Discussion in 'General Discussion' started by wendygun, Jun 13, 2020.

  1. So was I. I’ve run commercial vans for years. Normally fords but I’ve also had Citroen and a merc for a short time. Never ever had one cost me anything like that to keep it on the road. Let alone for such little mileage. My last transit had 37k on it when I bought it. Had 175k when it died. Apart from a new battery and normal wear/service stuff I never spent Hardly anything the engine. It still had the original clutch. I think it cost me £90 for a new pulley and a belt.

    I can’t believe what you’ve spent on a van that has essentially done the sort of miles that a lot of builders vans do in little over a year.
    Jack Tatty likes this.
  2. Keep it up, chaps. Seriously, you're doing a great job of putting me off one :thumbsup:
  3. We have a 66 plate Transit now, it's been pretty faultless so far(about 95k miles) and is very nice to drive too:thumbsup:
    crossy2112 likes this.
  4. I never said it was ‘acceptable’. At the time of the repair work (as it’s a vehicle used to transport the family I want it to be as safe as it can be) it was deemed cheaper to fix it than replace the van with something with an unknown history.

    I’ve not included the costs of fitting a replacement tailgate with a window (the wife didn’t like it having a solid tailgate) and replacement colour coded bumpers too.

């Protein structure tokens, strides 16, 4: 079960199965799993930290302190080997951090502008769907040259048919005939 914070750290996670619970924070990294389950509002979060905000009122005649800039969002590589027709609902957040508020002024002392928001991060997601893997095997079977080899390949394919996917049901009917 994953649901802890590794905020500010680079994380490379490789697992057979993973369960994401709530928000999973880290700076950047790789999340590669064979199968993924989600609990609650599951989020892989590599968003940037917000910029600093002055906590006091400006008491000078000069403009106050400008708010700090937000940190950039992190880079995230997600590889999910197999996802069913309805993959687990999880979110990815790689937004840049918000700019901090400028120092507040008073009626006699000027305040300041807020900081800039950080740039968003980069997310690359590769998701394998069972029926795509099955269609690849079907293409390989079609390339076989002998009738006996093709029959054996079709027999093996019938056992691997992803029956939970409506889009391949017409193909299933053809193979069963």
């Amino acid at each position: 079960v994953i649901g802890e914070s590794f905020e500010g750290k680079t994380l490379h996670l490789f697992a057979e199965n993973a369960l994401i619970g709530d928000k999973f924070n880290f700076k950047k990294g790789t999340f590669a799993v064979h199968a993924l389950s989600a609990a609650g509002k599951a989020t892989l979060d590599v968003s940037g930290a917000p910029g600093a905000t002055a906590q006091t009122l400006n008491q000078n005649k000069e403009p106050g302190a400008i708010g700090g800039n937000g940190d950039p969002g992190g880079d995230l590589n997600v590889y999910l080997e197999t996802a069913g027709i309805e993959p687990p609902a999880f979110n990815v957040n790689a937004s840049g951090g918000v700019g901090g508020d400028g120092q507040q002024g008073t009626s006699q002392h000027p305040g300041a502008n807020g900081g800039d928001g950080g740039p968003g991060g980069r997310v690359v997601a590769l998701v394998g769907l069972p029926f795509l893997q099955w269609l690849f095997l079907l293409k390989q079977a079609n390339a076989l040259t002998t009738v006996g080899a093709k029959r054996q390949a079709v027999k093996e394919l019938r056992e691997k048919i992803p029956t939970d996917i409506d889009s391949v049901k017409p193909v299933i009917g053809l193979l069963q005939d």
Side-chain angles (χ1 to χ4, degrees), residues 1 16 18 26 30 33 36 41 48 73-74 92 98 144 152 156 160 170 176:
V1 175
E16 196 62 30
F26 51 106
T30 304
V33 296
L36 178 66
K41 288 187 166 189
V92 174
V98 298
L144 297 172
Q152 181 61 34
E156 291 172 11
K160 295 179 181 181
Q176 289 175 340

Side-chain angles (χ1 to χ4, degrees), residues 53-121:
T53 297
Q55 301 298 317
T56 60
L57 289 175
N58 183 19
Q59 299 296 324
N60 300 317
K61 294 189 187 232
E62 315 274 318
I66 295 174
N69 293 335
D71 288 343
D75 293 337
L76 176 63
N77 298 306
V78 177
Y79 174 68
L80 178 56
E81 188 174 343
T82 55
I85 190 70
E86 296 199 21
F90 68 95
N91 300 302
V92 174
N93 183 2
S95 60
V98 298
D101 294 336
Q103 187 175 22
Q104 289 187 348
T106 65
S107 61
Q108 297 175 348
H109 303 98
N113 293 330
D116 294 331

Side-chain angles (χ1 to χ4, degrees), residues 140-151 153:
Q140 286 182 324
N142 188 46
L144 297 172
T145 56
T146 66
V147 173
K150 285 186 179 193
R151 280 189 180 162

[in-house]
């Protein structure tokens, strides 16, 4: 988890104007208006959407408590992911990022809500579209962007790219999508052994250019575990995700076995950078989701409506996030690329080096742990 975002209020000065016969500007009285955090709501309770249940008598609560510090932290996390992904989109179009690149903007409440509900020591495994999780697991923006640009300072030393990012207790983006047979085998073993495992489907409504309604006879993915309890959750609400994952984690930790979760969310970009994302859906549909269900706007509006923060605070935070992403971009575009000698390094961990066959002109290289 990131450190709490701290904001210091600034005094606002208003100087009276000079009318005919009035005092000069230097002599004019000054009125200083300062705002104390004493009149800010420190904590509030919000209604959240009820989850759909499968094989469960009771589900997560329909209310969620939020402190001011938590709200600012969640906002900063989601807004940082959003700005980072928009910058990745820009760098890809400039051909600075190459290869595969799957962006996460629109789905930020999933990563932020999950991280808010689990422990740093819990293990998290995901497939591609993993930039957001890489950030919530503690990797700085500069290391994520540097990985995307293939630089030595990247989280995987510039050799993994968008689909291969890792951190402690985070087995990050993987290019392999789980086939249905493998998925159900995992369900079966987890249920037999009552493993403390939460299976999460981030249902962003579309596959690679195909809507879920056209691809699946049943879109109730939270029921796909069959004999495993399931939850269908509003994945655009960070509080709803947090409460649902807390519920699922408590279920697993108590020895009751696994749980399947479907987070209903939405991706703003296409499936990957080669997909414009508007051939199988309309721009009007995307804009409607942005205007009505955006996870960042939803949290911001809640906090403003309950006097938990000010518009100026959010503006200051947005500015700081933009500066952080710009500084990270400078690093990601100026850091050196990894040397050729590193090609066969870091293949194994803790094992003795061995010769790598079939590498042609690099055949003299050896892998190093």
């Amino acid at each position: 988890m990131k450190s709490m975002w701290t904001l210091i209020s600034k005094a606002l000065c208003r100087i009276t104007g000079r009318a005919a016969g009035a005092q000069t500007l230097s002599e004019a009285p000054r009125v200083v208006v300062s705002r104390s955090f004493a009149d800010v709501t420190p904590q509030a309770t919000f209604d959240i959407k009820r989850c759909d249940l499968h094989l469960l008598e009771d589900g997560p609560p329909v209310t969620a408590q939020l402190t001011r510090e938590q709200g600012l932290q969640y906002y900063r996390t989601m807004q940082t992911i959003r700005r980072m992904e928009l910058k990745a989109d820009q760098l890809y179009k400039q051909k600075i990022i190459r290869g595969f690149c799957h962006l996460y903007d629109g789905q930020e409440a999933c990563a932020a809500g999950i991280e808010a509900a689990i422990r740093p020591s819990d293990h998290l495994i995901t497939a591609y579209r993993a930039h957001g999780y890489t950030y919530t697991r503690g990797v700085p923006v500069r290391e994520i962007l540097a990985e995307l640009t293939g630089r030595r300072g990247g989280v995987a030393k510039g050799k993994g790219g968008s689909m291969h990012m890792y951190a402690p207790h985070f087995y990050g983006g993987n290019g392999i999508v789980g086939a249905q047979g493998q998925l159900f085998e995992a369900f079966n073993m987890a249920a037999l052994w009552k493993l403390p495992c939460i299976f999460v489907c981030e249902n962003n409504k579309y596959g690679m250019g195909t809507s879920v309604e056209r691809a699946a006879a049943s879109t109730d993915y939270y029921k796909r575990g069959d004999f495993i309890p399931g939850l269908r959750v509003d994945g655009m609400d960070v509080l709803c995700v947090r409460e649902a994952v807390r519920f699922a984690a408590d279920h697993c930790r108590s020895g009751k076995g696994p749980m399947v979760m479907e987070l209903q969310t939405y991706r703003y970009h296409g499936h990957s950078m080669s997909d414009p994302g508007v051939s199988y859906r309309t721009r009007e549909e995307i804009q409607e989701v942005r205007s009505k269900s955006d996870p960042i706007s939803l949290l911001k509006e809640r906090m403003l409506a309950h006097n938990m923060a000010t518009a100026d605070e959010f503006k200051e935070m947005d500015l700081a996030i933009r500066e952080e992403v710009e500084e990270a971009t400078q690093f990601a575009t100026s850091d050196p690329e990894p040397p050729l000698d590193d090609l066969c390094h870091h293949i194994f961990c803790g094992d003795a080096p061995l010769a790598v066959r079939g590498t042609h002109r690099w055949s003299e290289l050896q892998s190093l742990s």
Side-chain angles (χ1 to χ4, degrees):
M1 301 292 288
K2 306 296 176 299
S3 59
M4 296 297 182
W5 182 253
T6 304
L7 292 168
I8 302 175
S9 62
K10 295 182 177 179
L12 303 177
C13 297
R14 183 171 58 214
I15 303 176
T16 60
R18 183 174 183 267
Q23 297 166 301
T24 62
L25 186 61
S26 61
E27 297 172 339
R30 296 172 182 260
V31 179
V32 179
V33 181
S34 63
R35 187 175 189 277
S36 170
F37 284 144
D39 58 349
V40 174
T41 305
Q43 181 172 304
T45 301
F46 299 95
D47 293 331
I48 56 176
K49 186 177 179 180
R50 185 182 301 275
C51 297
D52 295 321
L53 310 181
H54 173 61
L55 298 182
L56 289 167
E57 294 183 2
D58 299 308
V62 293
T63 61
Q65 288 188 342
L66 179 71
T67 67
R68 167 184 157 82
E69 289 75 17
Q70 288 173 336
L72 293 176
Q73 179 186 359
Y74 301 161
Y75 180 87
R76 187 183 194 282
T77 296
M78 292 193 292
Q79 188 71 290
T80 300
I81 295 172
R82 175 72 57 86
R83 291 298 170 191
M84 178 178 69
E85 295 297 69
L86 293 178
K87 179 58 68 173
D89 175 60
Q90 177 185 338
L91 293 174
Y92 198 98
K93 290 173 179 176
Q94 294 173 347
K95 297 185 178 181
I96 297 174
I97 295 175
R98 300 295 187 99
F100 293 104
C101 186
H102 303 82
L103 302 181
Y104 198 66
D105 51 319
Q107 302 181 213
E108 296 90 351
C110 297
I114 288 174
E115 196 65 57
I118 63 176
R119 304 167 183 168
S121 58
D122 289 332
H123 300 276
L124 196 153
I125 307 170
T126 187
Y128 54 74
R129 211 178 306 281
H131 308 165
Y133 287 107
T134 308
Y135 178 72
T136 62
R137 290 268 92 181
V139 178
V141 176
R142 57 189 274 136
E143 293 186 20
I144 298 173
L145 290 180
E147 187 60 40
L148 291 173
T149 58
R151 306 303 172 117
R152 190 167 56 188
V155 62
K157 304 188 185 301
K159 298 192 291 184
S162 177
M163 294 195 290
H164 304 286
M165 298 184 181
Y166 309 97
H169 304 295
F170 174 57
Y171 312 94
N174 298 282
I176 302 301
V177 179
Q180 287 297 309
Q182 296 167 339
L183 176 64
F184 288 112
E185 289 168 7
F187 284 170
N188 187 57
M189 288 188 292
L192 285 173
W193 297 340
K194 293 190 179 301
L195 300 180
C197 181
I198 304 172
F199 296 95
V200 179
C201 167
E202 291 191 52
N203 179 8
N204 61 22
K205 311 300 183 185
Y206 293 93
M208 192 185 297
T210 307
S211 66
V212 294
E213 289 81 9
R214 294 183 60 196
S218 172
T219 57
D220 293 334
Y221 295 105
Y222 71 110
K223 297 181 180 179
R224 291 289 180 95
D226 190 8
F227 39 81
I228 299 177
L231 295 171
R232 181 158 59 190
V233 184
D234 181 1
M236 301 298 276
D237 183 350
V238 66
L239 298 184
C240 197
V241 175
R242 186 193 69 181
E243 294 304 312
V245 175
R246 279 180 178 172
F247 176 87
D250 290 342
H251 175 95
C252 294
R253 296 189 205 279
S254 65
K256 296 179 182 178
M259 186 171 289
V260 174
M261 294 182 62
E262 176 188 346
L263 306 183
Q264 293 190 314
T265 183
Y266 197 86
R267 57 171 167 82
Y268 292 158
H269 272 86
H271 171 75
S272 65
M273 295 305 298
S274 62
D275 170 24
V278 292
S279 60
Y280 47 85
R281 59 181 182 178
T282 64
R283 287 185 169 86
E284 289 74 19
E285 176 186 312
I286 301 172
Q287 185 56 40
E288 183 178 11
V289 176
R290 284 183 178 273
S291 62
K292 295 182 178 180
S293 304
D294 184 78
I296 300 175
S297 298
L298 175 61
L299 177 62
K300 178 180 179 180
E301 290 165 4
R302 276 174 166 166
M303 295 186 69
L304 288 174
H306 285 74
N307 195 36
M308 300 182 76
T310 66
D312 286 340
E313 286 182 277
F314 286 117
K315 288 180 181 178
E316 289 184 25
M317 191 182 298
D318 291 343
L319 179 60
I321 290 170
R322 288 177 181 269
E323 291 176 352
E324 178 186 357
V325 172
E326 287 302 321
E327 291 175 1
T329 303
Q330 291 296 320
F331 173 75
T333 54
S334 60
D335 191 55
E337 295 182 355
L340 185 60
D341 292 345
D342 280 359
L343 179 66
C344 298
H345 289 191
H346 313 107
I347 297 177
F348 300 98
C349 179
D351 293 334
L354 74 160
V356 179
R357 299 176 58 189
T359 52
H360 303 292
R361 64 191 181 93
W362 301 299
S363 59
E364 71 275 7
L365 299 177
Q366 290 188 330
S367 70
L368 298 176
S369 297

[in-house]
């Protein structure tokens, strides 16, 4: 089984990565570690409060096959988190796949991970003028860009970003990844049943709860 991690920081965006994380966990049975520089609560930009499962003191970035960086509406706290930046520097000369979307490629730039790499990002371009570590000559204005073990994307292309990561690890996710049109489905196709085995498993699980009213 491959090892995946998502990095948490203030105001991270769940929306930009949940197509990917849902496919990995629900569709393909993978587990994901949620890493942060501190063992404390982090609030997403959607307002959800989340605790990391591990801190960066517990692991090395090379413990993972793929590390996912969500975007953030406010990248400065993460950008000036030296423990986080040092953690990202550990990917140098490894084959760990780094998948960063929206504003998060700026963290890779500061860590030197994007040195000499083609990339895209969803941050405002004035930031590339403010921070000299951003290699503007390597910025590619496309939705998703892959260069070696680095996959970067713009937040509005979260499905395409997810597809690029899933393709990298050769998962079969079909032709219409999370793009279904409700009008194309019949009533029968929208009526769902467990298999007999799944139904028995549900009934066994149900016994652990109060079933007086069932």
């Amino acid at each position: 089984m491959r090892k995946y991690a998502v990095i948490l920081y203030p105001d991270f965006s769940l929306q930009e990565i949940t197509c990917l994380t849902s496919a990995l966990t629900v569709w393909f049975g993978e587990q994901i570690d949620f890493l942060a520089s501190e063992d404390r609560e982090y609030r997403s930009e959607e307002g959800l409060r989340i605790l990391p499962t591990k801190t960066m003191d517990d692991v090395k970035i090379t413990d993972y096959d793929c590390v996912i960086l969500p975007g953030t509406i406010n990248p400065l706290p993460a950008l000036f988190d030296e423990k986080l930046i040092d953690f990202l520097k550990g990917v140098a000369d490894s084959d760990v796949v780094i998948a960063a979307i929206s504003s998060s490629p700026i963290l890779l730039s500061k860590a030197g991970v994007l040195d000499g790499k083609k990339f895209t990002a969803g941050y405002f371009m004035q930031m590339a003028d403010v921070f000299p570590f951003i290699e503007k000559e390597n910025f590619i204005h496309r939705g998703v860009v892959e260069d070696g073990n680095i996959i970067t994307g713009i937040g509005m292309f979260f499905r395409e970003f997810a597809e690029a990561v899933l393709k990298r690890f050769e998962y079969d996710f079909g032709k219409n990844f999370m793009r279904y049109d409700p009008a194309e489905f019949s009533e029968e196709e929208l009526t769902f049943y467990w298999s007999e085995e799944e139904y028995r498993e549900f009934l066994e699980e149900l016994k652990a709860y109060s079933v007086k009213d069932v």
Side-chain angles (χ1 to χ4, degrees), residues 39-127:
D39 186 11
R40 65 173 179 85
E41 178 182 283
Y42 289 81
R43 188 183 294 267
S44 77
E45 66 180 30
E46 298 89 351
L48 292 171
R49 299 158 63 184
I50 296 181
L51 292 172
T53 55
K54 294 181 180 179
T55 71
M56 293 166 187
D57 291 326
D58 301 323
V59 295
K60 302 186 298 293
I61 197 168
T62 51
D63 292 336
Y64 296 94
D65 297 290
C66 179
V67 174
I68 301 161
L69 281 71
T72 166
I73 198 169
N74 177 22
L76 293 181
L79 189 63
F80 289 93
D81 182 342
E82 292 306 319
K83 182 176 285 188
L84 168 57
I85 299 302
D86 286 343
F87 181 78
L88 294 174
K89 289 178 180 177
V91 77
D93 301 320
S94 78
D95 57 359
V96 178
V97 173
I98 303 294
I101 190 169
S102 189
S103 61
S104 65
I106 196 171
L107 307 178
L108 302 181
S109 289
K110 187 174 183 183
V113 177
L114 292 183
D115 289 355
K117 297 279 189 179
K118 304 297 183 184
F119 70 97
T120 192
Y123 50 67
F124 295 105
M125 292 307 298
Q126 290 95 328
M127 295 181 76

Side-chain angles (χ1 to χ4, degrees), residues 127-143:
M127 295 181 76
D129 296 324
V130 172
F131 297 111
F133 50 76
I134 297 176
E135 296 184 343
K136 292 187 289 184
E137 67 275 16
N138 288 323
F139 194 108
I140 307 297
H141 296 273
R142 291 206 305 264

The van had just had a new clutch when we got it and that I understand had cost just over £2000..... I must have had 2 to 3 sets of tyres fitted over our ownership at £500 a time and serviced regularly (regardless of miles used) which is not cheap as it uses bloody expensive oil.

    I suppose I could have sold it when the front subframe wanted changing or had it welded and painted over, but chose to replace it as I felt it would be safer to do so. It could be that as it is used so little it isn’t helping it (a bit like the camper) and it should be used more, but I don’t go far now I’m retired.

    I may well eventually convert it to a camper when the kids are older and sell the old Bay to help fund the conversion. It should last a while seeing as I’ve changed most parts of it.

    All I can say is T5’s in my experience are not cheap to maintain or run......well the T30 we own isnt

    The previous owner is a drinking associate and knows what work has been done to the van and how many miles it has done since he sold it to me. Chances are he is thinking all the expensive work has been done/paid for and he could reap the benefits of my costs.
    zedders likes this.
  5. Build quality of the interior was spot on all the bits you touch where fine. As for the doors falling off yes they did fall off bottom runner on the track it popped out when fully open.
    The panels are thicker than most vans the new customs are paper thin. If I was after a van it would be still be T5 but without all the romantic Ideals of it never being once a builders van and the costs that go with them